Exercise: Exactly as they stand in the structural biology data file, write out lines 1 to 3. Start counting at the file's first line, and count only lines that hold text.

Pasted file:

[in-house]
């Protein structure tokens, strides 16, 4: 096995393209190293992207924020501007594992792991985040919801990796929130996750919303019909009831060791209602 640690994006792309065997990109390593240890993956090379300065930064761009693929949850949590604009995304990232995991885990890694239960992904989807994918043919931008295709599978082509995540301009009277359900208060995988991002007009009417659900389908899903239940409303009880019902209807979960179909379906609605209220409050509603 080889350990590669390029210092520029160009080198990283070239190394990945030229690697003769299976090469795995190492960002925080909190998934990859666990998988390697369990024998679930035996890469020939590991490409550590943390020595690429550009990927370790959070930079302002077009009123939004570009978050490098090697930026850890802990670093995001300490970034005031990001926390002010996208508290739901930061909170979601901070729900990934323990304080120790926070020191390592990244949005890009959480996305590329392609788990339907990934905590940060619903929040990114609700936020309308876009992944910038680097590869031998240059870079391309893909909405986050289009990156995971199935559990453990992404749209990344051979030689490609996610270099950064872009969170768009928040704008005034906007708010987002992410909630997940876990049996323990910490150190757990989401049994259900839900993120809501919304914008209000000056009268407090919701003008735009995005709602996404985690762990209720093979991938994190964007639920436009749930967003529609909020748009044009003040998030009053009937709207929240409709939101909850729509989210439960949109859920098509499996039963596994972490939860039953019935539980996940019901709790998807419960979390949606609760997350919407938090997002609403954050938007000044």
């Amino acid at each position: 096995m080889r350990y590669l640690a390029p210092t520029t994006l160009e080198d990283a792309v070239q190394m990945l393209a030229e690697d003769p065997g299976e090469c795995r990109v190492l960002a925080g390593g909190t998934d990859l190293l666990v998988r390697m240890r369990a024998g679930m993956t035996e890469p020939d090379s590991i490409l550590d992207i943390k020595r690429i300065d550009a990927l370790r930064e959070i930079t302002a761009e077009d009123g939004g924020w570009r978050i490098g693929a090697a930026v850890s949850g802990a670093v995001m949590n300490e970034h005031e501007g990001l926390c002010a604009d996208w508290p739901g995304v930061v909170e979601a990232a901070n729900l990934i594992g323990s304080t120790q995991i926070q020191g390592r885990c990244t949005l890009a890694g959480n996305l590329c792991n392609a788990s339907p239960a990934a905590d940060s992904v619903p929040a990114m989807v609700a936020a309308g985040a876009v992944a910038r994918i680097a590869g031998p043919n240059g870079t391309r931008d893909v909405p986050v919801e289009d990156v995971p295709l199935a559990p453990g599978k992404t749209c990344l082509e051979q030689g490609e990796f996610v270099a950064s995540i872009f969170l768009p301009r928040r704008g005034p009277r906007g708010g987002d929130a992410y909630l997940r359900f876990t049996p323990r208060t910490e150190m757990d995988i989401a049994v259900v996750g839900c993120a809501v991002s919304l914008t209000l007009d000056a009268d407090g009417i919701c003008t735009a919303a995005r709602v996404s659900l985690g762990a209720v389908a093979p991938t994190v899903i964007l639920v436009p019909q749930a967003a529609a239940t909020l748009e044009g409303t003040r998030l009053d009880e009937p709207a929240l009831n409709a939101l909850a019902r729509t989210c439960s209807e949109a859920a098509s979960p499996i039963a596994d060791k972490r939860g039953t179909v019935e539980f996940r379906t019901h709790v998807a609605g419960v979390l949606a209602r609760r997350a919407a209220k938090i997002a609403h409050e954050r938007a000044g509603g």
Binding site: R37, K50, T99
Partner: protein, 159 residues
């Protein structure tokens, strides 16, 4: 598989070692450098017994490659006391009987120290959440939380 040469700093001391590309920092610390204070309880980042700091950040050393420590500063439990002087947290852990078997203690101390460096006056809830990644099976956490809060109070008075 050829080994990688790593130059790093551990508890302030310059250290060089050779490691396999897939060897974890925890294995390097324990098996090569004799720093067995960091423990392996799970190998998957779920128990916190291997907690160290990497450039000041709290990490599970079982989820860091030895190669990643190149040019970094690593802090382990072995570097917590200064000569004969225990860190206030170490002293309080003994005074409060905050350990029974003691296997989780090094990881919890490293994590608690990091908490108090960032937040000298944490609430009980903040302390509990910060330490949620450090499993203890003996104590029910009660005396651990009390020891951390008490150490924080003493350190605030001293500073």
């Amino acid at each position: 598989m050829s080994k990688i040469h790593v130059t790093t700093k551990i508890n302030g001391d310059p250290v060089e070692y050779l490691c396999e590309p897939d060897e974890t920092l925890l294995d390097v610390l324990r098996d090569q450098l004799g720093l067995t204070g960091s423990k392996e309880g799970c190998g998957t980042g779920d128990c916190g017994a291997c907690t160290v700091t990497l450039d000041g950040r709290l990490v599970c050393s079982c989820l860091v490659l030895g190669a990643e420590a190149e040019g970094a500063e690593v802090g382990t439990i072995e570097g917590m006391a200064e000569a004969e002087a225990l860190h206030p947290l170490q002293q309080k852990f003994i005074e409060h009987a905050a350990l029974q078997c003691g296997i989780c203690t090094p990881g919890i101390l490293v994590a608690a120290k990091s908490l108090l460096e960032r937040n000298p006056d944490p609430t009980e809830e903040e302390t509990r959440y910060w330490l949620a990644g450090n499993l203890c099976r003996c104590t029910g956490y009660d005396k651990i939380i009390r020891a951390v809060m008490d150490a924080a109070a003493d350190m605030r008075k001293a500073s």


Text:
[in-house]
């Protein structure tokens, strides 16, 4: 096995393209190293992207924020501007594992792991985040919801990796929130996750919303019909009831060791209602 640690994006792309065997990109390593240890993956090379300065930064761009693929949850949590604009995304990232995991885990890694239960992904989807994918043919931008295709599978082509995540301009009277359900208060995988991002007009009417659900389908899903239940409303009880019902209807979960179909379906609605209220409050509603 080889350990590669390029210092520029160009080198990283070239190394990945030229690697003769299976090469795995190492960002925080909190998934990859666990998988390697369990024998679930035996890469020939590991490409550590943390020595690429550009990927370790959070930079302002077009009123939004570009978050490098090697930026850890802990670093995001300490970034005031990001926390002010996208508290739901930061909170979601901070729900990934323990304080120790926070020191390592990244949005890009959480996305590329392609788990339907990934905590940060619903929040990114609700936020309308876009992944910038680097590869031998240059870079391309893909909405986050289009990156995971199935559990453990992404749209990344051979030689490609996610270099950064872009969170768009928040704008005034906007708010987002992410909630997940876990049996323990910490150190757990989401049994259900839900993120809501919304914008209000000056009268407090919701003008735009995005709602996404985690762990209720093979991938994190964007639920436009749930967003529609909020748009044009003040998030009053009937709207929240409709939101909850729509989210439960949109859920098509499996039963596994972490939860039953019935539980996940019901709790998807419960979390949606609760997350919407938090997002609403954050938007000044």
């Amino acid at each position: 096995m080889r350990y590669l640690a390029p210092t520029t994006l160009e080198d990283a792309v070239q190394m990945l393209a030229e690697d003769p065997g299976e090469c795995r990109v190492l960002a925080g390593g909190t998934d990859l190293l666990v998988r390697m240890r369990a024998g679930m993956t035996e890469p020939d090379s590991i490409l550590d992207i943390k020595r690429i300065d550009a990927l370790r930064e959070i930079t302002a761009e077009d009123g939004g924020w570009r978050i490098g693929a090697a930026v850890s949850g802990a670093v995001m949590n300490e970034h005031e501007g990001l926390c002010a604009d996208w508290p739901g995304v930061v909170e979601a990232a901070n729900l990934i594992g323990s304080t120790q995991i926070q020191g390592r885990c990244t949005l890009a890694g959480n996305l590329c792991n392609a788990s339907p239960a990934a905590d940060s992904v619903p929040a990114m989807v609700a936020a309308g985040a876009v992944a910038r994918i680097a590869g031998p043919n240059g870079t391309r931008d893909v909405p986050v919801e289009d990156v995971p295709l199935a559990p453990g599978k992404t749209c990344l082509e051979q030689g490609e990796f996610v270099a950064s995540i872009f969170l768009p301009r928040r704008g005034p009277r906007g708010g987002d929130a992410y909630l997940r359900f876990t049996p323990r208060t910490e150190m757990d995988i989401a049994v259900v996750g839900c993120a809501v991002s919304l914008t209000l007009d000056a009268d407090g009417i919701c003008t735009a919303a995005r709602v996404s659900l985690g762990a209720v389908a093979p991938t994190v899903i964007l639920v436009p019909q749930a967003a529609a239940t909020l748009e044009g409303t003040r998030l009053d009880e009937p709207a929240l009831n409709a939101l909850a019902r729509t989210c439960s209807e949109a859920a098509s979960p499996i039963a596994d060791k972490r939860g039953t179909v019935e539980f996940r379906t019901h709790v998807a609605g419960v979390l949606a209602r609760r997350a919407a209220k938090i997002a609403h409050e954050r938007a000044g509603g």